By Jane Miller. New Page Books. $16.99.
The versatility of the species has long been recognized from its service accomplishments, but little has been documented about its psychiatric prowess before Miller’s stirring work.
A Northeast Ohio professional, Miller practices as a psychotherapist/clinical social worker with her animal-assisted therapy dogs, citing many cases where her troubled patients have found help and relief after first interacting with her therapy dog and later purchasing a dog of their own.
“Healing Companions” is designed as both a guidebook for families and friends of individuals suffering from chronic mental illness, but is a passion-filled read for any dog owner.
Miller’s been-there, done-that approach began with Umaya (means stability), a golden retriever, which opened her eyes to the value of an assistance dog, as it became a steadying influence with patients in her office.
For a dozen years, Umaya was her Velcro partner, through thick and thin physically and psychologically. “Umaya always knew what I needed and she never failed to bring a smile to my face,” Miller says.
From an incest survivor to Post Traumatic Stress Disorder veterans, this insightful volume details how Psychiatric Service Dogs make life manageable for patients, families and friends.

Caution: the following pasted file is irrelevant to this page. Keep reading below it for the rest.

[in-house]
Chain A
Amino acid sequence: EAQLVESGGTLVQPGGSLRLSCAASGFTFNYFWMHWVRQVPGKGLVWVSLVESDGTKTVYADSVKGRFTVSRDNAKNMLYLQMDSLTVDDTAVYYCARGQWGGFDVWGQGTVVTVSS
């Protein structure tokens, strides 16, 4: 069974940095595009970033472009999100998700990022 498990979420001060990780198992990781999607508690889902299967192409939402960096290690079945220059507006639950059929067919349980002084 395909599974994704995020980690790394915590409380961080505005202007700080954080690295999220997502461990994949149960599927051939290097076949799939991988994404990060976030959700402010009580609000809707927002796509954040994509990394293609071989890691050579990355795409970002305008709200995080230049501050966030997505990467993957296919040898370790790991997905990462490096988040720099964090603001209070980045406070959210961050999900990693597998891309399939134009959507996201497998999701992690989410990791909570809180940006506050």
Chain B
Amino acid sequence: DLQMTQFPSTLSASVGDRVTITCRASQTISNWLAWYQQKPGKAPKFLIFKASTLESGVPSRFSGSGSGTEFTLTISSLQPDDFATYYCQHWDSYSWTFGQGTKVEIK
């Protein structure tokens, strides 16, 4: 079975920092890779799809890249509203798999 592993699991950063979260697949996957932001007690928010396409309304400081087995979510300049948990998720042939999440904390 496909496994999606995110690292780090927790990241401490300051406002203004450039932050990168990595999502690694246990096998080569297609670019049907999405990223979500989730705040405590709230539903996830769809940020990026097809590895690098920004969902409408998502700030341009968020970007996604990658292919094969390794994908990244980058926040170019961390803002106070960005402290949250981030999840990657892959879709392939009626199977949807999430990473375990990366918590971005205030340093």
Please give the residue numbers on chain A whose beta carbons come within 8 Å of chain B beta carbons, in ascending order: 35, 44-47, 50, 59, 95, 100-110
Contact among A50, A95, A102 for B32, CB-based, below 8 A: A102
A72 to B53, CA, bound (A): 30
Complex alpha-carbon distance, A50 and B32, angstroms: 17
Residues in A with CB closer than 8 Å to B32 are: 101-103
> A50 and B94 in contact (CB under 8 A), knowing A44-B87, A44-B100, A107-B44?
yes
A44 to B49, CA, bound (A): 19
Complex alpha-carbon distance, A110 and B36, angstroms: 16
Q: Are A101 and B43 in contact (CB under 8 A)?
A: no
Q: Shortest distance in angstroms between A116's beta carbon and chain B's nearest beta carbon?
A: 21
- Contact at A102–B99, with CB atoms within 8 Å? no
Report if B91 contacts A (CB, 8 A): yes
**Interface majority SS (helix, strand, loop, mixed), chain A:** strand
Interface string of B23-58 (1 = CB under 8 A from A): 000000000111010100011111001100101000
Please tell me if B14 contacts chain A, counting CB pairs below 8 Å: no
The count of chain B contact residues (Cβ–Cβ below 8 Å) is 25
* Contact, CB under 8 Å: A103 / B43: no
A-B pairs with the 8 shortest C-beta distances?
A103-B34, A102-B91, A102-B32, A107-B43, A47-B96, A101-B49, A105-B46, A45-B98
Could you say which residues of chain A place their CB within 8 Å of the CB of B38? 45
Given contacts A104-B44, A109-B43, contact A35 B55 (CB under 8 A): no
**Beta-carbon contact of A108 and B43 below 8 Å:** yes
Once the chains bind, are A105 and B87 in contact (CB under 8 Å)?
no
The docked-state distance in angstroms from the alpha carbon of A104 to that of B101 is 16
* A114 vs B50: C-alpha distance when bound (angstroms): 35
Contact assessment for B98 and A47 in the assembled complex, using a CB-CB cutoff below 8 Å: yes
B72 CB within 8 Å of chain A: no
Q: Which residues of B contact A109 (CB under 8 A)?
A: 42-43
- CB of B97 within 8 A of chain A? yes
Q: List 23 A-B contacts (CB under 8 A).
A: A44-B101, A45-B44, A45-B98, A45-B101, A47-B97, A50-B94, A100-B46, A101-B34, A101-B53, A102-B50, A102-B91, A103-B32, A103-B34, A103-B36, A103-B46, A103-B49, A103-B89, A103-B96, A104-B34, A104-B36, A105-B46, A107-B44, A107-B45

But it’s much more than simply warm, fuzzy case vignettes. Part self-help, part motivational she establishes criteria for selecting the right dog, recognizing its needs, strengths and weaknesses, training it, helping it cope with stress, and finally, knowing when to eventually let go during its golden years.
“Healing Companions” offers a detailed array of resources in 100-plus pages of appendixes, the best of which is designed to assist in the selection process of a breed (mixed breeds are fine, too). Here she lists a compatibility profile of five components: level of sociability, trainability, cooperation, activity and reactivity while focusing on six of the American Kennel Club’s seven groups – terriers, sporting, hound, working, herding and toy.
Miller places a strong emphasis on teamwork in the selection process, noting that “service dogs are not rehabilitation projects,” urging that the potential owner and his/her family find a trainer with experience in training service dogs to assist in the selection process.
“Healing Companions,” while enlightening and engrossing” for the typical dog owner, boasts an empowering – and even life-altering – influence if placed in the hands of those in need – and their families.